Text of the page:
Orphans – Magic realism and the hyper-surreal father. (Theatre Review)

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Orphans

Red Line Productions

The Old Fitz Theatre, 14 April to 9 May – You can grab tickets here.

Photos – Rupert Reid

One can’t question Orphans pedigree. Though it appears quaintly old-fashioned these days – perhaps even more so to a contemporary 2015 Sydney indie audience who may be more savvy than their American counterparts (I’m just sayin’) – there is no doubt that pre-pop uber-cool royalty like Lou Reed, Tom Waits and Gary Sinise giving it the giant thumbs up hefts the play some cred, even on our intellectually cynical shores. This is one that turns the heads of the boys for whom (to be fair the thing was written in 1985) a strong relationship with parents and the idea one needs relationships at all, is an astoundingly fresh idea – something the ladies have been wrestling with since … well… Adam and Eve – but still props where props is due, Orphans is a theatrical piece that one can’t deny tugs at the heart-strings and forces even the most macho anti-deconstructionist dudes to get a little teary. No wonder Al Pacino forced his way to a reading with Jesse Eisenberg in 2005. Talk about a father figure!

So with the kiss of Steppenwolf, Orphans is a creative cap feather for any fine dramatic chap, no one more deserving than our own Andrew Henry, who treats us to a Treat like none before him, accompanied by the very accomplished Aaron Glenane as the second of the familially barren brothers. Anthony Gooley directs the pair in a more contemporary version of the iconic play, though Gooley might have missed some of the more essential magic realism of the original, something he would have been better to play up rather than sublimate, as the theatrical experience does much better as a hyper-real slice of imagination rather than the real life infusion Gooley imposes on the script. To be fair, its tricky to play hyper-real Philadelphia accents in Sydney, as the affect can be too easily presumed accidental, but the naturalism works against the narrative, almost making it seem Kessler was projecting a version of “real life.” He isn’t – the absolute power of Orphans is in its imaginative altered reality, as if it were making a statement, not only on the importance of familial ties, but a mini-mockery of the never fully achieved macho state itself. Andrew Henry gets this, and it does him credit.  It isn’t always clear that Anthony Gooley does, but that is understandable. This is a very subtle piece of theatre and that sort of nuance is tricky to translate.

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The fourth “boy” in this production is Danny Adcock, who also plays strongly to the Magic Realism of his role, creating a character so hyper-real one can’t even be sure if he ever existed by the end of the play. This is a superb performance (but all three blokes are great in this) by a very experienced actor who plays his father figure to ridiculous, comedic levels. The brilliance of Kessler’s play lies in the gently reassuring relationship via horrific violence that Harold brings. Kessler’s point is not (of course) that boys need family no matter how violent, but that masculinity is a surreal state, inherent with its own contradictions and falsities, exemplified by Treats longing for his mother at the plays climax. Adcock plays a disjointed Harold, a Harold that the audience waits, with trepidation, to transform into the enemy at any moment. This is the surreal role of the father archetype, both instructor and dictator whose only possible future is to be overthrown – unless of course he’s eliminated by an unseen family enemy first. Harold is like a hypnagogic Godfather, creating an enemy when there isn’t one, if only to justify his position with the boys he all too gleefully and strangely adopts.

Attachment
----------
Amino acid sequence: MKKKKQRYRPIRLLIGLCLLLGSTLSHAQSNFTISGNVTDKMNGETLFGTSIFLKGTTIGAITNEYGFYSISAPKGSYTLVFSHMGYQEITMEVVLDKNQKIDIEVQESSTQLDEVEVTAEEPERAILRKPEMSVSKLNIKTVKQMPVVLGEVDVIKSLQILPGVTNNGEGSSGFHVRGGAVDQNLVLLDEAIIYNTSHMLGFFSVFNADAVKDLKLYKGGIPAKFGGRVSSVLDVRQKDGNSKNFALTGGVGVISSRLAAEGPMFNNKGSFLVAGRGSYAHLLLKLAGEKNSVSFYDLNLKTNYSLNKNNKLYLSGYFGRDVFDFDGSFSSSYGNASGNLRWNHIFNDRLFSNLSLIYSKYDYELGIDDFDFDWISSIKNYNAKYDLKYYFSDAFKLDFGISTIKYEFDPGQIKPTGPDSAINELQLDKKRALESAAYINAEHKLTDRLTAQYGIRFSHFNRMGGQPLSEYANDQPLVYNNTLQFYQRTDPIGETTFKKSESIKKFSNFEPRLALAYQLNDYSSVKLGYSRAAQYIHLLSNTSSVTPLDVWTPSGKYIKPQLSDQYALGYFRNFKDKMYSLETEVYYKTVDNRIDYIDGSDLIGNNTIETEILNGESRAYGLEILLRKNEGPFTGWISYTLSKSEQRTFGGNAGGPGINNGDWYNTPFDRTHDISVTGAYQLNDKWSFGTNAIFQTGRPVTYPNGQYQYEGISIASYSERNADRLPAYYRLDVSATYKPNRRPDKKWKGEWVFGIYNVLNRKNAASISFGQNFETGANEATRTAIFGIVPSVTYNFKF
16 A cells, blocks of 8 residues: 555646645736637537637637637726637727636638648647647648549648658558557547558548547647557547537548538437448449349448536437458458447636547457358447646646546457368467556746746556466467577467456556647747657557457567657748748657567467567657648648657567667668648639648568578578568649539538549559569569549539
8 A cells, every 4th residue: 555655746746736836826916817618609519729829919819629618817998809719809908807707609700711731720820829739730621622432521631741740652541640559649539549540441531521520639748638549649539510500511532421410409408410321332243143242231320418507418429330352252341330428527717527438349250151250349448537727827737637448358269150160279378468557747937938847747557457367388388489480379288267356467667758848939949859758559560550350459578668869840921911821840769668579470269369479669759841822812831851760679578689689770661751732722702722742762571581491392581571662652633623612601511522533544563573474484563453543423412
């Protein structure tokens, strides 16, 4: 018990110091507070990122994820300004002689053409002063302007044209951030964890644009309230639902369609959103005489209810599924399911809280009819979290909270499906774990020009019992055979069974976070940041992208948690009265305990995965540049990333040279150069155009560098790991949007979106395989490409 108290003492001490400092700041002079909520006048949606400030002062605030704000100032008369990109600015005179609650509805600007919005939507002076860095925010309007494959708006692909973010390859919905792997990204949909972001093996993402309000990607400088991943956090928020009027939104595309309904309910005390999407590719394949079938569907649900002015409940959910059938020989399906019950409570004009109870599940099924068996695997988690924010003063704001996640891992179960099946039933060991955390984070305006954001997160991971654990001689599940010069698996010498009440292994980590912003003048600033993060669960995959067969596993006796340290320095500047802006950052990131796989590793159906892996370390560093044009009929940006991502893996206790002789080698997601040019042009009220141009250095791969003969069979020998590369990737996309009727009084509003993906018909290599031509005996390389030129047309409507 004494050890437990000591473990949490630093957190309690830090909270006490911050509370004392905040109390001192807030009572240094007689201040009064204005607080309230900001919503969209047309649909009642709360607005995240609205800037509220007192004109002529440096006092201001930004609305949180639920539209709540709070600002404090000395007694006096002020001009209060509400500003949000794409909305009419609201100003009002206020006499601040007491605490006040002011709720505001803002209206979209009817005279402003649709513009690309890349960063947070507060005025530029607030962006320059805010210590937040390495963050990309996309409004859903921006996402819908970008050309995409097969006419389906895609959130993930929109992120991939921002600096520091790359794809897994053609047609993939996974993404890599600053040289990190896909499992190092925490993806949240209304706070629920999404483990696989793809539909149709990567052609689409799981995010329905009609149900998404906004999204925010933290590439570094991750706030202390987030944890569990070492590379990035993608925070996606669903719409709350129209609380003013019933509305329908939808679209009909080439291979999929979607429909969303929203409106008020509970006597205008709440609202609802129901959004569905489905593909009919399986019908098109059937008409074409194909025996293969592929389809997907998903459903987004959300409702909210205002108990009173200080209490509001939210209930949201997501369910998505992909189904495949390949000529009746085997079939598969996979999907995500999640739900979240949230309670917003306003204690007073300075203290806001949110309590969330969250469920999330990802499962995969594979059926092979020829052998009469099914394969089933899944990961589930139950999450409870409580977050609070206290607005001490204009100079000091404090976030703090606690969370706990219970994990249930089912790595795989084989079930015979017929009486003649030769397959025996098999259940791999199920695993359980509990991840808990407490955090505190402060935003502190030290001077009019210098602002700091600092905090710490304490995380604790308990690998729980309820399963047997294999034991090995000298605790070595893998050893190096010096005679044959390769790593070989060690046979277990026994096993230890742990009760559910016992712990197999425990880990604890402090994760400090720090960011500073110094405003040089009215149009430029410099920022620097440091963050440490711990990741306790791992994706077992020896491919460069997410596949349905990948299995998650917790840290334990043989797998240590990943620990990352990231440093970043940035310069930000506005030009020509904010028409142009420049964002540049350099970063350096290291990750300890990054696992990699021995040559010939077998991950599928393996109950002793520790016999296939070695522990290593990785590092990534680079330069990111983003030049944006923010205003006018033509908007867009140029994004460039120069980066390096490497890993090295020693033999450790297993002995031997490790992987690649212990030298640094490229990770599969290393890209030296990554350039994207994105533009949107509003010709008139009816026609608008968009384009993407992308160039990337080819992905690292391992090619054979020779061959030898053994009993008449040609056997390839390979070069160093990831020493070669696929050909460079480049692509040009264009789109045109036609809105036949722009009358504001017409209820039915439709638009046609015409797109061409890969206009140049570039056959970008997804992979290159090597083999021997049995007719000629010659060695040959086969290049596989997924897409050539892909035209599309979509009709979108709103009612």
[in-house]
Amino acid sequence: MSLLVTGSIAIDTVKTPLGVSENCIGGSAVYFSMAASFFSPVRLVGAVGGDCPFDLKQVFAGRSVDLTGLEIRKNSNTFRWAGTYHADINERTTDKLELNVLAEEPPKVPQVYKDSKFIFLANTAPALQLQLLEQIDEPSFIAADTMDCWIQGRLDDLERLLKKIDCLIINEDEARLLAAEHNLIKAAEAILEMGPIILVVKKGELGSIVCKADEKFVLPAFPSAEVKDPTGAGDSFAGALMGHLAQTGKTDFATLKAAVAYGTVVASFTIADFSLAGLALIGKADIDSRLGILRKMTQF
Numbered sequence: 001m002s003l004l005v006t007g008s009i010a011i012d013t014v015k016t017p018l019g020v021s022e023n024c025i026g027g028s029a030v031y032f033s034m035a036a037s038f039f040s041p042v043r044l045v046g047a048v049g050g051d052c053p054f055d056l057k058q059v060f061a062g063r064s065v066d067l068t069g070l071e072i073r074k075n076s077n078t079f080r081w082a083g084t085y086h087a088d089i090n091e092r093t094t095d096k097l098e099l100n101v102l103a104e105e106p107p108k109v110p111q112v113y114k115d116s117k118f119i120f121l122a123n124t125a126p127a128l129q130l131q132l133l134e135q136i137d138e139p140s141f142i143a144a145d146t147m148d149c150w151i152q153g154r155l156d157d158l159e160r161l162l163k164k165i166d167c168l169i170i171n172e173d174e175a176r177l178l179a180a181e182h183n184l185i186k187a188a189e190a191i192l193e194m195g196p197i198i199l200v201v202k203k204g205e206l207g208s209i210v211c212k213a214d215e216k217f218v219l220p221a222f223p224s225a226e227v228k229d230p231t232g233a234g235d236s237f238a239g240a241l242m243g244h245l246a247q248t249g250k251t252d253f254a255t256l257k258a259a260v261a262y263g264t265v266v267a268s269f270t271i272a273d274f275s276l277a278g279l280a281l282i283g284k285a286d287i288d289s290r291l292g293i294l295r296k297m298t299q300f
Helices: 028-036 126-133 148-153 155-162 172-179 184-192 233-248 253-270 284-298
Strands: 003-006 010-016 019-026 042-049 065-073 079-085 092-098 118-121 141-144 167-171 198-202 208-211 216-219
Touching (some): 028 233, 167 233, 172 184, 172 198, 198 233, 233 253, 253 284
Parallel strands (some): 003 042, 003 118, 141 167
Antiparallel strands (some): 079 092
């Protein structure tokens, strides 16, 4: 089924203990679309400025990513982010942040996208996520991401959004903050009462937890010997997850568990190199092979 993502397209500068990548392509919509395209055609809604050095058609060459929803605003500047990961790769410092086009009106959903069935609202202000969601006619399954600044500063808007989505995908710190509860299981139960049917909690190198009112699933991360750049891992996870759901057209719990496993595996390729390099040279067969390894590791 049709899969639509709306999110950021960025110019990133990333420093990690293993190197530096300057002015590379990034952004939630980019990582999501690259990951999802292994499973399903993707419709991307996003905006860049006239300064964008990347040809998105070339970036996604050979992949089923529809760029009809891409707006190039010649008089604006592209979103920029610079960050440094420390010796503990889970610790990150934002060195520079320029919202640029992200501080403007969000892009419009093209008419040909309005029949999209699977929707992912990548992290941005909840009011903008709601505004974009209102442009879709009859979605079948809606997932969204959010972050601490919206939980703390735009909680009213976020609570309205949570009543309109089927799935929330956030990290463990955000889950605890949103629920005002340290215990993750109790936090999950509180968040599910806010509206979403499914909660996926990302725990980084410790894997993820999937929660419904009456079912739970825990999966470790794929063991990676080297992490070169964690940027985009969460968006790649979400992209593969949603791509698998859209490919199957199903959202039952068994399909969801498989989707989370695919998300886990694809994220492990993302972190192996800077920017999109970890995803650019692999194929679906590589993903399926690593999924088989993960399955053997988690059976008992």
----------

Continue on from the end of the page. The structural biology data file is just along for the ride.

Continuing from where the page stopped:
However Orphans is only the play it is if Treat is played by an actor willing to be putty in the hands of Kessler, and in Andrew Henry we find such a respondent. Henry is both skillfully present and distant as Treat, a surreal manifestation of a certain kind of vision men have of themselves, and a horrifyingly real man/child using “dare me” as an emblem of power. Treat is a beautifully written character, and Henry takes full advantage of the opportunity. Fearsome not in might, but in a worrying excess designed to convince himself of his own truth, Henry plays Treat not as an out of control testosterone infused imbecile, but as a seething volcanic mass, bubbling under a surface, desperate to impress. Henry’s Treat will beat you senseless just to curry favour with the unimpressed, such is the length and breadth of his strange sort of innocence and childishness. Kessler is right on the money using Magic Realism to describe a character like Treat, and Andrew Henry understands the deeper subtleties of the writing.

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A simpler role (perhaps) because it is a more likeable role, is Aaron Glenane as Phillip, the stranger and yet intuitively wiser of the two brothers. Kessler writes Phillip’s quirks on the surface, so we naturally connect with the offbeat younger brother, the put upon brother, the easiest to understand brother. No spoilers, but it is the surface childishness of Glenane and the subterranean childishness of Henry that give the final scene its profundity and strength.

All this happening on the delightfully repurposed set of Freak Winds (actually it works better here than in the original) Orphans is by far the best offering from Red Line Productions of their 2015 season so far.

Don’t miss it.

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